2 Works For You is learning more about mental health funding cuts from the state and how they could have a devastating effect on teams who respond to people in crisis.
Family and Children’s Services runs a team of 19 mental health professionals that are trained to help people in distress.
The team responds through the Community Outreach Psychiatric Emergency Services (COPES) crisis hotline or get referred by local hospitals and emergency services.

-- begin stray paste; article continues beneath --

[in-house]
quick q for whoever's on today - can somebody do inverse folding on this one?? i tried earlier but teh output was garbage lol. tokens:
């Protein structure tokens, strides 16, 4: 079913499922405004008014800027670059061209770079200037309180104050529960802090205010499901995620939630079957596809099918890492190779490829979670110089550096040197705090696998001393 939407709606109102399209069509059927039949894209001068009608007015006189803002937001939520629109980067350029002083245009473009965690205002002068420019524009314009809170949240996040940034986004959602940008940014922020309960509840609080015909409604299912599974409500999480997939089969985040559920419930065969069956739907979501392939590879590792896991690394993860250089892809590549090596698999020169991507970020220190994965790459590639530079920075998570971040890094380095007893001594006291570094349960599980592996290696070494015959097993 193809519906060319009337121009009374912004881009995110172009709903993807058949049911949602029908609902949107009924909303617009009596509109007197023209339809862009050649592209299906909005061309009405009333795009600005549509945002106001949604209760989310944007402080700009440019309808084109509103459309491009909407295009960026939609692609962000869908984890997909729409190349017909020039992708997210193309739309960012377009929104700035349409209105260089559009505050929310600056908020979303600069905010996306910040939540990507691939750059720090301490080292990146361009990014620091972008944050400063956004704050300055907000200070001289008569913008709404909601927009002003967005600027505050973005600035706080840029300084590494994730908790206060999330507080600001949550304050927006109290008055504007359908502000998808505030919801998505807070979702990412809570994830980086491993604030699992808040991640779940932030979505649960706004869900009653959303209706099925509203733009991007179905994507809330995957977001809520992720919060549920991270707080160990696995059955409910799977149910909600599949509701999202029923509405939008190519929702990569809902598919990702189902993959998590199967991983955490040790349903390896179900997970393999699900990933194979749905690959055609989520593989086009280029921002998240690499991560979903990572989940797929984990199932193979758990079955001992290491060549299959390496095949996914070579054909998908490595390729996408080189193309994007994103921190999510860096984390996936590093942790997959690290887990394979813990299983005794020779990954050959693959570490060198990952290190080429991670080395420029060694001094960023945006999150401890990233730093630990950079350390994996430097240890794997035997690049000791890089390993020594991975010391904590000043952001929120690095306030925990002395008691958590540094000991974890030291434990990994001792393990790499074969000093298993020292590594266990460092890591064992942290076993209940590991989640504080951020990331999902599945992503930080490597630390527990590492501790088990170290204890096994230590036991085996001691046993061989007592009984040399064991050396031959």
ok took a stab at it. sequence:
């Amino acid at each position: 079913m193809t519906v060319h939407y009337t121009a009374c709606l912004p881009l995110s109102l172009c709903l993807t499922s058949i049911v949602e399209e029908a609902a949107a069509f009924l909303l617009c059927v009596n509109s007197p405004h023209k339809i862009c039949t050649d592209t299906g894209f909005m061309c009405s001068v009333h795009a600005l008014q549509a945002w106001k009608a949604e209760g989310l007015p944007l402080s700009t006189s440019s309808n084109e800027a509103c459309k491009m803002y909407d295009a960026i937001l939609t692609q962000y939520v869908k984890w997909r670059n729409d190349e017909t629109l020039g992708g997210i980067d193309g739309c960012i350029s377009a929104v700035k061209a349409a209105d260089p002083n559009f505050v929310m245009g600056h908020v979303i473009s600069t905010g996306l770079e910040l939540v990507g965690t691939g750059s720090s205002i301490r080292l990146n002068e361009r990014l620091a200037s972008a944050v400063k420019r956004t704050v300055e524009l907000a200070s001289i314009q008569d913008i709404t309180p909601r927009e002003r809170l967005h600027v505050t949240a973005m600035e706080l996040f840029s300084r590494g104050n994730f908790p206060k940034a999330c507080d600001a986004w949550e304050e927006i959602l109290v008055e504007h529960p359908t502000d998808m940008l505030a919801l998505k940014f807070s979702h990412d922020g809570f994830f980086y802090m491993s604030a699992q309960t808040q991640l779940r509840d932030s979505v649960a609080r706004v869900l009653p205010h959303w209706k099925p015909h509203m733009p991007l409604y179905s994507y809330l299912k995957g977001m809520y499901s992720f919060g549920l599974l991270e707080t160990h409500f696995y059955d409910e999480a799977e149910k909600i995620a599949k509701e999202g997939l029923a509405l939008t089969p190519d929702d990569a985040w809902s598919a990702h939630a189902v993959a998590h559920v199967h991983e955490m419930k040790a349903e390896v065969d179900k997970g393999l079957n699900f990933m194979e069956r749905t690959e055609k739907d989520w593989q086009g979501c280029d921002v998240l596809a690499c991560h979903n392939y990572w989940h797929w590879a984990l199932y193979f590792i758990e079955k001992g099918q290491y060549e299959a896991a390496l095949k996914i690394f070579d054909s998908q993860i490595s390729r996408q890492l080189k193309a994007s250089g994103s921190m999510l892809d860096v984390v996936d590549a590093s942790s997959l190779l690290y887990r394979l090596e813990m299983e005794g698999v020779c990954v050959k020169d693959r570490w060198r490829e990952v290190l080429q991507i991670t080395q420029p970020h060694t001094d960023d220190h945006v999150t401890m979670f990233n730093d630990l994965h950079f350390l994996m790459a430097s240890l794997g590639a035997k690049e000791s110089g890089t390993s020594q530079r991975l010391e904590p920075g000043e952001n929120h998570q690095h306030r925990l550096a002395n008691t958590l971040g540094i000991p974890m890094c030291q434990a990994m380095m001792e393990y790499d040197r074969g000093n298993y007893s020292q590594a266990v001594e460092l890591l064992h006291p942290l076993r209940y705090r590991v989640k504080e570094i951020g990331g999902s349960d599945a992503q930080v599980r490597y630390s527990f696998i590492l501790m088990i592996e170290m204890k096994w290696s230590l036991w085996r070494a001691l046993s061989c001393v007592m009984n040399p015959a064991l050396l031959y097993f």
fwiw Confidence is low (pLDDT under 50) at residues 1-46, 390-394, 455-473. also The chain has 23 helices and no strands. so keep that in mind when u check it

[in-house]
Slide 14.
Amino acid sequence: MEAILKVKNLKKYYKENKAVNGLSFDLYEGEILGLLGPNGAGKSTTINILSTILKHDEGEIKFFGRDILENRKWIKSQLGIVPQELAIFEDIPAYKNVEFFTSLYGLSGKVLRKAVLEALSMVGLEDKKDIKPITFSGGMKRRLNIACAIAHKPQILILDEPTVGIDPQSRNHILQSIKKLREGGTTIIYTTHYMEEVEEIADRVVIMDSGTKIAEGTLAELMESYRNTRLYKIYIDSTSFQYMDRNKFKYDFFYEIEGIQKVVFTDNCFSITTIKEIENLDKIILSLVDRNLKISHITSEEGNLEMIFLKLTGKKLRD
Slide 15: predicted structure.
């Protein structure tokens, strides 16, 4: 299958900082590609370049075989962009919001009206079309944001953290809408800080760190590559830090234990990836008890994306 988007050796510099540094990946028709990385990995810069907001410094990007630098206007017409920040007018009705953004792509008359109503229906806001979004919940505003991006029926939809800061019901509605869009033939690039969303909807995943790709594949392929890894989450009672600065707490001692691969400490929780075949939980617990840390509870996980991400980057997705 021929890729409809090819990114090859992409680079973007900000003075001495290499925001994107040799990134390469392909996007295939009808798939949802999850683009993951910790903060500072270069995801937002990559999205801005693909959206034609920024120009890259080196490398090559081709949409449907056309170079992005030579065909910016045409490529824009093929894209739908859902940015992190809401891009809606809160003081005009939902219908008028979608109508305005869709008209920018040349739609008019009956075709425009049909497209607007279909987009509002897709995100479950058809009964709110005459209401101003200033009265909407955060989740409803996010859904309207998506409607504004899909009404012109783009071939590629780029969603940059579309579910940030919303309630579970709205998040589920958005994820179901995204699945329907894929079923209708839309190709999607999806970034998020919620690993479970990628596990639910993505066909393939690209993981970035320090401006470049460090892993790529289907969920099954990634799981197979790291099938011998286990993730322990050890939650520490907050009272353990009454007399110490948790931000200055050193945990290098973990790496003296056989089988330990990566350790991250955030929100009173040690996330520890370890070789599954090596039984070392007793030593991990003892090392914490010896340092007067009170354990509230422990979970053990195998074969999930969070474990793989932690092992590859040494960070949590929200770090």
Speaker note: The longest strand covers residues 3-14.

The group said 1,300 calls come in each week for people in mental crisis.
Family and Children’s Services said $15-million in cuts would stop COPES and several outpatient services.
“When you think about the families of those individuals in this community that may end up losing their lives if they don’t get connected to mental health services,” said Amanda Bradley, COPES Director.
Case workers fear with their hotline services gone, someone going through a traumatic episode could easily end up in jail instead of getting the care they need.
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